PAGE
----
One person who would not be the least bit surprised about Stanford Wong's and Little Joe's abilities to defy expectations is Frank Scoblete. A teacher at Golden Touch and author of The Craps Underground: The Inside Story of How Dice Controllers Are Winning Millions From Casinos, Scoblete has been winning at craps since the late 1980s. His first encounter with a legitimate dice influencer—that is, someone who beats craps without cheating or sliding dice—is a guy Scoblete calls The Captain. He was a New York-based real estate tycoon with a penchant for gambling who traveled to Atlantic City in the late 1970s. "He observed craps and slowly worked on a method for getting an edge on the game by controlling the dice," says Scoblete. "He became very good, but the best I ever saw was a woman who called herself The Arm. She took the dice in her hand, circled them over the felt, and threw in such a way that her dice died at the wall. She and The Captain had a six-month-long stretch in which they won over $1.5 million at the Tropicana in Atlantic City."
Team play among the dice-throwing elite is common, and Scoblete will often go out with 11 other accomplished dice throwers. Four will be selected to shoot and eight will stand in backup position, betting but ready to slip in should one of the original throwers go sour. "You can shoot anywhere from two to four hours at a time," says Scoblete. "But you always hope that the first guy to pick up the dice rolls for an hour and a half. Then we all make some money and call it a night."
Back in Vegas, the hope is that Wong can have that quick moneymaking run before we call it a night. The idea is for him to show me that his approach to the game really works, and if I win some money in the process, all the better. (Yes, I decided to bet with my own money rather than his.)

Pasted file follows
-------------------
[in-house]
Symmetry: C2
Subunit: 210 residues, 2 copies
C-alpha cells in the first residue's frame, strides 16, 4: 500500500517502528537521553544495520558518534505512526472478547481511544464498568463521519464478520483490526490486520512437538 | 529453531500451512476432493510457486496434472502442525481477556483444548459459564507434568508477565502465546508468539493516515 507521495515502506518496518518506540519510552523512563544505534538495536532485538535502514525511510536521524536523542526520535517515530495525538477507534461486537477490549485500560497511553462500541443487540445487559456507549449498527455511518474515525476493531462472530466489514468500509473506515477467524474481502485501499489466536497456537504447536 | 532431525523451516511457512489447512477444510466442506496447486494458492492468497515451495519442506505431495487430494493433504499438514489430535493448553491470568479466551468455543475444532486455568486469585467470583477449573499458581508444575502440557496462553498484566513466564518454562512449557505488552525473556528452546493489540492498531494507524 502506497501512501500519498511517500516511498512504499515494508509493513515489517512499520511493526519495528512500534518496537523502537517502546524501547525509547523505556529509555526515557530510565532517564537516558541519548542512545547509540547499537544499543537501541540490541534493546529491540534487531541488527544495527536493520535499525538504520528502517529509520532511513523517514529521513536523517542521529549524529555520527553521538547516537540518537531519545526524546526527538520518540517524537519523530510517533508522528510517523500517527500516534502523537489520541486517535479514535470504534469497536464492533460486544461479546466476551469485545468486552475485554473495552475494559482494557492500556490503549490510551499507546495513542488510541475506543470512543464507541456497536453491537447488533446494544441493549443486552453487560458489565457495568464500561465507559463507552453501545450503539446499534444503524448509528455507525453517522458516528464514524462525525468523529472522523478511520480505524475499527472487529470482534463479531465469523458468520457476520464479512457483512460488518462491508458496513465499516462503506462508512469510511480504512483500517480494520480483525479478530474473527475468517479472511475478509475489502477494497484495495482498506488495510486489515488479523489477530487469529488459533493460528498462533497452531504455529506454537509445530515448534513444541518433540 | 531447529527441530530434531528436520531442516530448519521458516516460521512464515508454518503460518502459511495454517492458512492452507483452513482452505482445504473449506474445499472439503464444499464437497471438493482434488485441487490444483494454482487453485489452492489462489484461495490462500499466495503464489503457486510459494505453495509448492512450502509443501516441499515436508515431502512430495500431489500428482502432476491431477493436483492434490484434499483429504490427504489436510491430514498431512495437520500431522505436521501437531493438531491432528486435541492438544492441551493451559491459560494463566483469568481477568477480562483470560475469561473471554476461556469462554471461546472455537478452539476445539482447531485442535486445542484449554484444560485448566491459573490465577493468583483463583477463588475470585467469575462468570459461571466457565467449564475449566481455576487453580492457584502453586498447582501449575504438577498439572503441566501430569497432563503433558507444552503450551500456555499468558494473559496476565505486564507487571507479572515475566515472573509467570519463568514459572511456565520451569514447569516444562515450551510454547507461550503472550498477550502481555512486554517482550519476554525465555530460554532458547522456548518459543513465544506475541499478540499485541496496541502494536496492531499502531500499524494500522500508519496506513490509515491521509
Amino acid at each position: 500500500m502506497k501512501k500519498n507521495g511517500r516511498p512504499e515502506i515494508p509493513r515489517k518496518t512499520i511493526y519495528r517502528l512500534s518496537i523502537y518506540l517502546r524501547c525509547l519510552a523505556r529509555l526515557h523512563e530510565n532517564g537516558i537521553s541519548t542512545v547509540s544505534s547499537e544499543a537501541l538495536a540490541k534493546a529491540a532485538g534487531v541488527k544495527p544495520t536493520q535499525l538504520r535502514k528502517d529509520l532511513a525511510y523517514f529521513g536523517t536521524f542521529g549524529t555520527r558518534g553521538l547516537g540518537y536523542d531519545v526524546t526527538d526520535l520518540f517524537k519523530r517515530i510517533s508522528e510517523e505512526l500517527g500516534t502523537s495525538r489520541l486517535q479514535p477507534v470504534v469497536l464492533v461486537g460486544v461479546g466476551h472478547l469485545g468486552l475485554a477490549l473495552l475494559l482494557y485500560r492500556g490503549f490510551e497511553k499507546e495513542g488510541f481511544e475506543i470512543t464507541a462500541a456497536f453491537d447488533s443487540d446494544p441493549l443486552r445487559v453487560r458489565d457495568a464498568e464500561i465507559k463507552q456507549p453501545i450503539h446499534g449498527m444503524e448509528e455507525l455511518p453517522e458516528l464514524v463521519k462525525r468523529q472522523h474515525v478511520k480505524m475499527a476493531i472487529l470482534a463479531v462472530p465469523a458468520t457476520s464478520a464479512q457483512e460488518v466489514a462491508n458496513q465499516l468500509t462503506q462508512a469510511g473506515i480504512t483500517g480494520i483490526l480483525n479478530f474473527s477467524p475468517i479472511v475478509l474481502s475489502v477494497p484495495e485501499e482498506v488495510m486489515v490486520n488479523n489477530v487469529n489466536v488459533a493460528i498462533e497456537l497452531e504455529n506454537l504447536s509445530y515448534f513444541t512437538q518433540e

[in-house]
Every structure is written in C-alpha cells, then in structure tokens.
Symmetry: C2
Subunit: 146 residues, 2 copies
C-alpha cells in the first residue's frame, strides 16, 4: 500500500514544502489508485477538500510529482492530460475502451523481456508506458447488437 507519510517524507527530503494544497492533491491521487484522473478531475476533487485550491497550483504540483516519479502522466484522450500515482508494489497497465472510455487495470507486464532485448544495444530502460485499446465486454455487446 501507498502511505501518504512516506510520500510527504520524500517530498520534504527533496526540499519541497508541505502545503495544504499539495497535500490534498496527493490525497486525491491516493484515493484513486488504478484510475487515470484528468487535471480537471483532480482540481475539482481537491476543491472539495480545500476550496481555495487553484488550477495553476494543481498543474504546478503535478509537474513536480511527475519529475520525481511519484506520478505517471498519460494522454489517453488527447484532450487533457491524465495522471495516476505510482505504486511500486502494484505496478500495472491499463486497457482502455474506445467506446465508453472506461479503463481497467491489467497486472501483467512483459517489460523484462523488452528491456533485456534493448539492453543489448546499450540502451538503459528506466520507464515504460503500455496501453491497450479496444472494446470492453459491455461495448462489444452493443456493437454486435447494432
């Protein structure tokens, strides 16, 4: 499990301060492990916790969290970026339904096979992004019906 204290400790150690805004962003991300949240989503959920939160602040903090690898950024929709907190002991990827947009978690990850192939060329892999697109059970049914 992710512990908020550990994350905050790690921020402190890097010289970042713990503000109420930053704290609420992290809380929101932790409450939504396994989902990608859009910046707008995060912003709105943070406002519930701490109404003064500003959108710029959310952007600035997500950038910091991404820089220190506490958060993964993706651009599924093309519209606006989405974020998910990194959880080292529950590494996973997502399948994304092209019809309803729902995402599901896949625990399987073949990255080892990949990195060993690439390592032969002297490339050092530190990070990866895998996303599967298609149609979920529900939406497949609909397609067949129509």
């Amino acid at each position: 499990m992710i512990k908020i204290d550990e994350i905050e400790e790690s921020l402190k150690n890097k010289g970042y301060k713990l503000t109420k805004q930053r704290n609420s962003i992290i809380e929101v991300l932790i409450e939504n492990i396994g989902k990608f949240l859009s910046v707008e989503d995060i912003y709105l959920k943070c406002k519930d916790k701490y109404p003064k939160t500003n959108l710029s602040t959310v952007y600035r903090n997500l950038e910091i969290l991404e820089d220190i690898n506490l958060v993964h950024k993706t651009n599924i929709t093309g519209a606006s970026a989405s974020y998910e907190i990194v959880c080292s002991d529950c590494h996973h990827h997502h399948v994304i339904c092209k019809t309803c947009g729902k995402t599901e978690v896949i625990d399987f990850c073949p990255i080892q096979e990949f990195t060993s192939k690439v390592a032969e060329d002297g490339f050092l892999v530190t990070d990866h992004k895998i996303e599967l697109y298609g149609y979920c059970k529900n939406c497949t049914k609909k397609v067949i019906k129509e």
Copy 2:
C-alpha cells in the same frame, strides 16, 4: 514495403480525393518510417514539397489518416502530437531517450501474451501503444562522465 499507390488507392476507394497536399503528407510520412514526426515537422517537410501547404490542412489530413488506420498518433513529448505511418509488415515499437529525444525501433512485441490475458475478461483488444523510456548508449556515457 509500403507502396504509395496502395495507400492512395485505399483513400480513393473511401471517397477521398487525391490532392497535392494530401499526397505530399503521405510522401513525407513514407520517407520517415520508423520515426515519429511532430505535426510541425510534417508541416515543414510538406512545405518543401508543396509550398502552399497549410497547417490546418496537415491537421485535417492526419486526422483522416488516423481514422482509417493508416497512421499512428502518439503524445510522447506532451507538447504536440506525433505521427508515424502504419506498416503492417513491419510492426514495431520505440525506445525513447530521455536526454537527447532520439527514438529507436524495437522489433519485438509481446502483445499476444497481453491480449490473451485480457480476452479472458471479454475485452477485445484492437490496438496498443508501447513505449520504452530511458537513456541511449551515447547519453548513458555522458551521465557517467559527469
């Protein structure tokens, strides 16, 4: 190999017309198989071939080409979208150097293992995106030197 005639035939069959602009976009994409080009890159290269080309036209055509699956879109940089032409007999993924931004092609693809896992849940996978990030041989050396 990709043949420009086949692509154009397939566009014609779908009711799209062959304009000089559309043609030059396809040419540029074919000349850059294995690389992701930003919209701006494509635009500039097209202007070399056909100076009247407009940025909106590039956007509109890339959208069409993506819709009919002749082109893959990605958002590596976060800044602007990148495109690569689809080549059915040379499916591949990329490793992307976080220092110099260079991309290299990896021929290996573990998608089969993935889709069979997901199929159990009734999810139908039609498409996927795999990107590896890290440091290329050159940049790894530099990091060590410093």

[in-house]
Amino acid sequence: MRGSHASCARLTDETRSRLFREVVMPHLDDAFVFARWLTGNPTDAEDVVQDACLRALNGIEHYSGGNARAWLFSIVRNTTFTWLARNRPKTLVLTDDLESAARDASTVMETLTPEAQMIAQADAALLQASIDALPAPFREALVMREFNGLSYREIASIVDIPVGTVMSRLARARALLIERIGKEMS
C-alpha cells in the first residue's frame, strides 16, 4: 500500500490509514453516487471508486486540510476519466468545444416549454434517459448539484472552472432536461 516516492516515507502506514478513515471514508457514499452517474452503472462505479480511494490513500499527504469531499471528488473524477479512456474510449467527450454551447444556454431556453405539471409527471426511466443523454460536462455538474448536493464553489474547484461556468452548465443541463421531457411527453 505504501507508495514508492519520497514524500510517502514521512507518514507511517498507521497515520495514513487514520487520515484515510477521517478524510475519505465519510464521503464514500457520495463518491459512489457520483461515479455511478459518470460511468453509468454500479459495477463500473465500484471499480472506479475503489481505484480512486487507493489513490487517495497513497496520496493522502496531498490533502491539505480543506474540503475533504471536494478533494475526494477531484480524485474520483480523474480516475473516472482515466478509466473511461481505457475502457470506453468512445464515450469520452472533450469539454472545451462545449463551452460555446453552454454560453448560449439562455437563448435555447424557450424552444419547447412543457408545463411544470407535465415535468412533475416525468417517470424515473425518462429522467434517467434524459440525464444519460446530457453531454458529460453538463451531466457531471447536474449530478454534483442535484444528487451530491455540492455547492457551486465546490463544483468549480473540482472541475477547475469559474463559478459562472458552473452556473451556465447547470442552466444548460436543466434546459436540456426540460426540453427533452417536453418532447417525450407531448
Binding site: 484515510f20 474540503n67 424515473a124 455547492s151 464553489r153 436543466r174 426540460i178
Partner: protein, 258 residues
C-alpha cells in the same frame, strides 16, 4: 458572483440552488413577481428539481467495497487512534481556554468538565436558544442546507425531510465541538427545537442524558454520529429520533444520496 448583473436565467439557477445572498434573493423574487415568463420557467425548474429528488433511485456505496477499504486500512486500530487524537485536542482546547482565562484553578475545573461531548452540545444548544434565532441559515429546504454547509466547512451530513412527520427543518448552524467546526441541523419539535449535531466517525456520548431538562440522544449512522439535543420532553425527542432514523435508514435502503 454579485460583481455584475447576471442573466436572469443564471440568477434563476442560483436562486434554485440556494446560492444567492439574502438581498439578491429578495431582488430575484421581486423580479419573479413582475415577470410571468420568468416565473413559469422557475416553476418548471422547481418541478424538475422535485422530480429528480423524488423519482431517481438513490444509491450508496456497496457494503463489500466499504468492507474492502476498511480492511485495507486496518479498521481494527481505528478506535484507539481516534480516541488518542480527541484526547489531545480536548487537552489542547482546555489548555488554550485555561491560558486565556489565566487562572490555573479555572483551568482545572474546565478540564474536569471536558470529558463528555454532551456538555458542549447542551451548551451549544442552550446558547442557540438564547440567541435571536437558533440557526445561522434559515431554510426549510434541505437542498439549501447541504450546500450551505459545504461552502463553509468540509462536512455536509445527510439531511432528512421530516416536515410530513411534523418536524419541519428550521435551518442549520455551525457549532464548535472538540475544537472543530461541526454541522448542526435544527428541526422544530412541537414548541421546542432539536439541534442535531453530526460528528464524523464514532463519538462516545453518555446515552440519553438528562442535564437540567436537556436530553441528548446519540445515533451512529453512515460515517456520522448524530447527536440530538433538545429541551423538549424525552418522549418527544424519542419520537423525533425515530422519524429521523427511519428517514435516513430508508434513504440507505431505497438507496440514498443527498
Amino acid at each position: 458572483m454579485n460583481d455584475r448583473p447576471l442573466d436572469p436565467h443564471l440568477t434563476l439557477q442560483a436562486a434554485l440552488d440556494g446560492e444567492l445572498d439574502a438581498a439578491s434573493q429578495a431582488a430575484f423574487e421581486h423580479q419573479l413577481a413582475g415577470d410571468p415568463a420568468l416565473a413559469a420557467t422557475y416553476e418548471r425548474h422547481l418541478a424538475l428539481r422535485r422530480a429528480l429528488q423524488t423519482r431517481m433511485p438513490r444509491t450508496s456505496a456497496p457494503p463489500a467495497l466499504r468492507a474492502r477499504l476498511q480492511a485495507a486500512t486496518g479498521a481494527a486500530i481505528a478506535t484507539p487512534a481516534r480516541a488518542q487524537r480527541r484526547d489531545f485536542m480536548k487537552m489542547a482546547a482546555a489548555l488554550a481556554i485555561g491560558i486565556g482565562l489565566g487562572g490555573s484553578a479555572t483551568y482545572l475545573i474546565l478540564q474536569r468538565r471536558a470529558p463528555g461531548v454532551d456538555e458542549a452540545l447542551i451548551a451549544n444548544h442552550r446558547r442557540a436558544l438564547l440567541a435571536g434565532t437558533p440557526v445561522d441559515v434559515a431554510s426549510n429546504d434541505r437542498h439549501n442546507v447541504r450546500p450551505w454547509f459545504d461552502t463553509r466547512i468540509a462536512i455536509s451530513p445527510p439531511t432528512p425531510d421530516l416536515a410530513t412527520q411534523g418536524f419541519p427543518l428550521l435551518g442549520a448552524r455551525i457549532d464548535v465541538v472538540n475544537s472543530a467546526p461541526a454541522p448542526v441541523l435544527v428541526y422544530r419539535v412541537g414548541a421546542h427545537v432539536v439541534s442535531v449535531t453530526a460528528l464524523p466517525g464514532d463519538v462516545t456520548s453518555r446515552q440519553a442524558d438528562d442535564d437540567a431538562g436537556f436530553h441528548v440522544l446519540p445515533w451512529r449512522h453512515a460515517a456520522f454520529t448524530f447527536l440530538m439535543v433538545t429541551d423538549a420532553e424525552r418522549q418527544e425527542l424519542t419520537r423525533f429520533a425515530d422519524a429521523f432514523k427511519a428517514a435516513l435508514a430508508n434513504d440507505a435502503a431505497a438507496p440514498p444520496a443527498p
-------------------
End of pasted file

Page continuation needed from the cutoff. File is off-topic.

We begin inauspiciously at the Fremont, a mid-level joint downtown. Wong, lanky and gray-haired, looking like the world's biggest tourist in khaki shorts and a floppy hat, approaches the stickman at a Fremont craps table and asks whether the all-but-shiny felt is new.
The stickman answers in the negative, but after a series of lousy rolls, Wong has good reason to believe that the guy is either lying or misinformed. We pack up, cash out depleted chip stacks, and head across the street to Binion's Horseshoe, where there is no mistaking at least one felt as anything but old and worn out—which, of course, means it won't be so springy.
This proves to be a pretty sweet setup for Wong. Over the next two hours, he throws long strings of numbers without crapping out—which does not go unnoticed by patrons around the table, who have a habit of ratcheting up their bets every time the dice come to Wong. An older dude with sharp features and nasty-looking eyes sprays chips across the felt and points to Wong, continually insisting, "That guy is the best shooter in this joint."
Slowly but surely, money lost at the Fremont is more than compensated for at the Horseshoe. By the time Wong steps back from the table, I've made a few hundred painless dollars. (Wong's done better because he's bet more.) He palms his chips and suddenly the crowd around the table disintegrates as Wong takes his money and dice skills across the street to a pub in the Palace Station Hotel & Casino.